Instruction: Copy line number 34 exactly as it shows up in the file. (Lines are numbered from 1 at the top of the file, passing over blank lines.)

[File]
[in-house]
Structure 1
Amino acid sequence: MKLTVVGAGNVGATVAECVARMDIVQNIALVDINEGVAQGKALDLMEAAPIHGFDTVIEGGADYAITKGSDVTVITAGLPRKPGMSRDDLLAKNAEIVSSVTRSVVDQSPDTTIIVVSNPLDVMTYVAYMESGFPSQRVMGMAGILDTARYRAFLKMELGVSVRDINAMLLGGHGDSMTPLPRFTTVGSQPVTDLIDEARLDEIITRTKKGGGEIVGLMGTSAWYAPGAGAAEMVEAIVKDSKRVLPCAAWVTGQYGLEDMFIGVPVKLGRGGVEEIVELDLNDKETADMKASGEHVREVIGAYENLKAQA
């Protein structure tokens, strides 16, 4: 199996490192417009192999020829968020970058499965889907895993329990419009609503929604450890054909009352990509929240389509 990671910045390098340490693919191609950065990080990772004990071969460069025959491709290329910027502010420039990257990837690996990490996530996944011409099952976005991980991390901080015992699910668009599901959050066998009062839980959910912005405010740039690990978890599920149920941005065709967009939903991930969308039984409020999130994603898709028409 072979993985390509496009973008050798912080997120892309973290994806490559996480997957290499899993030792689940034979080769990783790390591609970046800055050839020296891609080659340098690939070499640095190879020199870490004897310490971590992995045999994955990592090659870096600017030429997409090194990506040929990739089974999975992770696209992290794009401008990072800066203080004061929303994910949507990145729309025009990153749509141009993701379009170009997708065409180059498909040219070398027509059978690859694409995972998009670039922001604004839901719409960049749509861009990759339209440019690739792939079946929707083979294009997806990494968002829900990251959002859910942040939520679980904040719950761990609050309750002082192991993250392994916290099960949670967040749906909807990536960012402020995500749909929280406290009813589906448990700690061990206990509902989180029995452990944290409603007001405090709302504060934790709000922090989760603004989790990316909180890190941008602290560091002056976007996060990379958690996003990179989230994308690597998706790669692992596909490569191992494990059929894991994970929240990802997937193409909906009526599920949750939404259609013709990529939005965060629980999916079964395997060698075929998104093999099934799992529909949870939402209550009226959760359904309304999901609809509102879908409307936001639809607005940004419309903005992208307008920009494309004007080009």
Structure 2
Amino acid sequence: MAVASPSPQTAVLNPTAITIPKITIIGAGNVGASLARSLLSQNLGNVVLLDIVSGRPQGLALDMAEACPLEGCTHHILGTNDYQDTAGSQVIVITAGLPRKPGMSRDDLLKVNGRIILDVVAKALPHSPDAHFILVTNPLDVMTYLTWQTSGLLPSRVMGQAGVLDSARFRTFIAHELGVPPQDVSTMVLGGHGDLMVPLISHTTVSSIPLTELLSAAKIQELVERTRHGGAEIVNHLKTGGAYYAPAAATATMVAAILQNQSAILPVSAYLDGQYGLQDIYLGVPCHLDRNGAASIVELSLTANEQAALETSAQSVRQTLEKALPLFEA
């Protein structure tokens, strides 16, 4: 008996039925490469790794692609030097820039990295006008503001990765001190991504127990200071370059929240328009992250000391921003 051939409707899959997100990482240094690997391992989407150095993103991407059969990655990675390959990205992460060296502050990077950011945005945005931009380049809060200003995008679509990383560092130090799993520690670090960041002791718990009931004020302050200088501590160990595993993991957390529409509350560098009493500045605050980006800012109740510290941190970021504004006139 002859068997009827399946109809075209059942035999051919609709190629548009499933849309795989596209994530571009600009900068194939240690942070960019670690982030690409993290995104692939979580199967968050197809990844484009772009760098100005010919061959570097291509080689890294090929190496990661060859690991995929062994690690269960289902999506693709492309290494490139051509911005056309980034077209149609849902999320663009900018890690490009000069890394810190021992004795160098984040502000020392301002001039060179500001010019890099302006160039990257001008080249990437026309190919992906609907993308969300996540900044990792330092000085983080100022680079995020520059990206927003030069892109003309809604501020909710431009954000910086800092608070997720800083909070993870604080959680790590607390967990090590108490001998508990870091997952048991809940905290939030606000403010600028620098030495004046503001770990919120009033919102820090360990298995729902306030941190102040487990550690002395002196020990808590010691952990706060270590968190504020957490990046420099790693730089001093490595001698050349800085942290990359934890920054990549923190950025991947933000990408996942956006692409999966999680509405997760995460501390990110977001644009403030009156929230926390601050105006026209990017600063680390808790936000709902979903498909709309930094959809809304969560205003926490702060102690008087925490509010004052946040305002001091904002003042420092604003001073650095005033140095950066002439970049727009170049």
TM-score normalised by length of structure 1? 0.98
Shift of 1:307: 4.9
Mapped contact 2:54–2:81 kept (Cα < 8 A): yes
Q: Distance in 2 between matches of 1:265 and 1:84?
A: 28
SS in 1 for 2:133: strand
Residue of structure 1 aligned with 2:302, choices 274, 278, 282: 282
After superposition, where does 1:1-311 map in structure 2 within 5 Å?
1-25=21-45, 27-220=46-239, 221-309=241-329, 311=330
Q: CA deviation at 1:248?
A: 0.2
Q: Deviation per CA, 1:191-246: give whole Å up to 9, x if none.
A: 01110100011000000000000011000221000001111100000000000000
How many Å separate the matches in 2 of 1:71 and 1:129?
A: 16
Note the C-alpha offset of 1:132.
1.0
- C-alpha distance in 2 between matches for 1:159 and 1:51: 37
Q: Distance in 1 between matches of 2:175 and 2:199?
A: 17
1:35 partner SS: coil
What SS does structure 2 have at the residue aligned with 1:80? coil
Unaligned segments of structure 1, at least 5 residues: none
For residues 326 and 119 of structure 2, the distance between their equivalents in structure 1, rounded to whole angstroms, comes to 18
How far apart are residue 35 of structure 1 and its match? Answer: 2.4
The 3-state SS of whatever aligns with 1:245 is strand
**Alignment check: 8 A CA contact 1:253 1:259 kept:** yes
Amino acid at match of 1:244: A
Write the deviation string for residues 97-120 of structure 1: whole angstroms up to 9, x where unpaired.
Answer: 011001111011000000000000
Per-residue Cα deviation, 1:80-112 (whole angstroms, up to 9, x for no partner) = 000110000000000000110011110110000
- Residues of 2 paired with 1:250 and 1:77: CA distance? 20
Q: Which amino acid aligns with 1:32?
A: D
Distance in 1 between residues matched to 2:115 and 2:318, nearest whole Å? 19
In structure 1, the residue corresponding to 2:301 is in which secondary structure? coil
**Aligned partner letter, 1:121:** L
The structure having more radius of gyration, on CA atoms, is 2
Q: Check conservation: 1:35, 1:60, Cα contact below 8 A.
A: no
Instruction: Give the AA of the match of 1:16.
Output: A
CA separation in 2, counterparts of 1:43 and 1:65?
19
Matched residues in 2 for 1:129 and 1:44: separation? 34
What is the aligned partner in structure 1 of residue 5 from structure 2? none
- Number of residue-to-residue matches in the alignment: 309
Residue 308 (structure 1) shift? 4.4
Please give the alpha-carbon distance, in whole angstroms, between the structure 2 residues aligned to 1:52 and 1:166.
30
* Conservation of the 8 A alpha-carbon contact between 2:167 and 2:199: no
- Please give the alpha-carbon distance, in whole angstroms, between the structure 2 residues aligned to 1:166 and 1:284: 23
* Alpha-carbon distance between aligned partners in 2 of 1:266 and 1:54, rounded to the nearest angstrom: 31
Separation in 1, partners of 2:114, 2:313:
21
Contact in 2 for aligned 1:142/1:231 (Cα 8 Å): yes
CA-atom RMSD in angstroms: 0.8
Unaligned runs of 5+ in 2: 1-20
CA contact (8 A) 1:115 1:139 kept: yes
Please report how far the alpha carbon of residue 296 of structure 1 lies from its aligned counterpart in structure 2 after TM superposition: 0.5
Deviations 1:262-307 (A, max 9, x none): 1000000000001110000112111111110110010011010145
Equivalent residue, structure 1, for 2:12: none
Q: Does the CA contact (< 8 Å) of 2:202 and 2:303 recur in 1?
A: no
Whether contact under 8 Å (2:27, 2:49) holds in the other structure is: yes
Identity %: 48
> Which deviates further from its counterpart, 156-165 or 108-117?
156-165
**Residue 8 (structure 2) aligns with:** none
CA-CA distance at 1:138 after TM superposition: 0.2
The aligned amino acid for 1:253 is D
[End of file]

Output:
**Alignment check: 8 A CA contact 1:253 1:259 kept:** yes